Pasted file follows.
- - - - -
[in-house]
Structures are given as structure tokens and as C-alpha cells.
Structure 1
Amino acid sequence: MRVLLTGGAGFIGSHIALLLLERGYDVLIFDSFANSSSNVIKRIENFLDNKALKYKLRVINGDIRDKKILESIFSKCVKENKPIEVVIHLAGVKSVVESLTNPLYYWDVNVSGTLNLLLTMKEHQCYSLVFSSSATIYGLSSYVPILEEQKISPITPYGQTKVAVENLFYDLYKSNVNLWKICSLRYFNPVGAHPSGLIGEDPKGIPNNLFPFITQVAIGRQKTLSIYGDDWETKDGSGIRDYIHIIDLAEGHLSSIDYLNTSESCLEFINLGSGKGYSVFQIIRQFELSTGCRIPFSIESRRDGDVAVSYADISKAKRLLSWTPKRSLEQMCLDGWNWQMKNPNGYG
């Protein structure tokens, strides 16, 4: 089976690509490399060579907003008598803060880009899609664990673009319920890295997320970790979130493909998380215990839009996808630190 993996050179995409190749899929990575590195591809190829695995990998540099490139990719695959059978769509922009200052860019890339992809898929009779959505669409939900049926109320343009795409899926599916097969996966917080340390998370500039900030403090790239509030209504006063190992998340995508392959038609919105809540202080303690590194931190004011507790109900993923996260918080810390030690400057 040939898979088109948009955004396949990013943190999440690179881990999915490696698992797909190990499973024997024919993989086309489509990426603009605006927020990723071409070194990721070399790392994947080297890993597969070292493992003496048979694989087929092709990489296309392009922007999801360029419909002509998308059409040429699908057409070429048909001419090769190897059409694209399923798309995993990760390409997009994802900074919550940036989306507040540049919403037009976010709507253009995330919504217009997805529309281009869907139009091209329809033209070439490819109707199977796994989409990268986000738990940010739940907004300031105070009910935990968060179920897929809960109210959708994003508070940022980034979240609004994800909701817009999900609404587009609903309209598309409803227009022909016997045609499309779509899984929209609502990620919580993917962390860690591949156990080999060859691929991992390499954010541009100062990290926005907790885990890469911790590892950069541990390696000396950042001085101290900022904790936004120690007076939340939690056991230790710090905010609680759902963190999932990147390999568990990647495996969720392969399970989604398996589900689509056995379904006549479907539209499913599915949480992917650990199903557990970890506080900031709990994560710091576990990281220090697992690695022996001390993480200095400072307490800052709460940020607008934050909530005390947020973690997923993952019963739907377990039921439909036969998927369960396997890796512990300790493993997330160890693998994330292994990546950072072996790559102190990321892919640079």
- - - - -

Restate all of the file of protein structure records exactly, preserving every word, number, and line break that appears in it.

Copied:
[in-house]
Structures are given as structure tokens and as C-alpha cells.
Structure 1
Amino acid sequence: MRVLLTGGAGFIGSHIALLLLERGYDVLIFDSFANSSSNVIKRIENFLDNKALKYKLRVINGDIRDKKILESIFSKCVKENKPIEVVIHLAGVKSVVESLTNPLYYWDVNVSGTLNLLLTMKEHQCYSLVFSSSATIYGLSSYVPILEEQKISPITPYGQTKVAVENLFYDLYKSNVNLWKICSLRYFNPVGAHPSGLIGEDPKGIPNNLFPFITQVAIGRQKTLSIYGDDWETKDGSGIRDYIHIIDLAEGHLSSIDYLNTSESCLEFINLGSGKGYSVFQIIRQFELSTGCRIPFSIESRRDGDVAVSYADISKAKRLLSWTPKRSLEQMCLDGWNWQMKNPNGYG
């Protein structure tokens, strides 16, 4: 089976690509490399060579907003008598803060880009899609664990673009319920890295997320970790979130493909998380215990839009996808630190 993996050179995409190749899929990575590195591809190829695995990998540099490139990719695959059978769509922009200052860019890339992809898929009779959505669409939900049926109320343009795409899926599916097969996966917080340390998370500039900030403090790239509030209504006063190992998340995508392959038609919105809540202080303690590194931190004011507790109900993923996260918080810390030690400057 040939898979088109948009955004396949990013943190999440690179881990999915490696698992797909190990499973024997024919993989086309489509990426603009605006927020990723071409070194990721070399790392994947080297890993597969070292493992003496048979694989087929092709990489296309392009922007999801360029419909002509998308059409040429699908057409070429048909001419090769190897059409694209399923798309995993990760390409997009994802900074919550940036989306507040540049919403037009976010709507253009995330919504217009997805529309281009869907139009091209329809033209070439490819109707199977796994989409990268986000738990940010739940907004300031105070009910935990968060179920897929809960109210959708994003508070940022980034979240609004994800909701817009999900609404587009609903309209598309409803227009022909016997045609499309779509899984929209609502990620919580993917962390860690591949156990080999060859691929991992390499954010541009100062990290926005907790885990890469911790590892950069541990390696000396950042001085101290900022904790936004120690007076939340939690056991230790710090905010609680759902963190999932990147390999568990990647495996969720392969399970989604398996589900689509056995379904006549479907539209499913599915949480992917650990199903557990970890506080900031709990994560710091576990990281220090697992690695022996001390993480200095400072307490800052709460940020607008934050909530005390947020973690997923993952019963739907377990039921439909036969998927369960396997890796512990300790493993997330160890693998994330292994990546950072072996790559102190990321892919640079």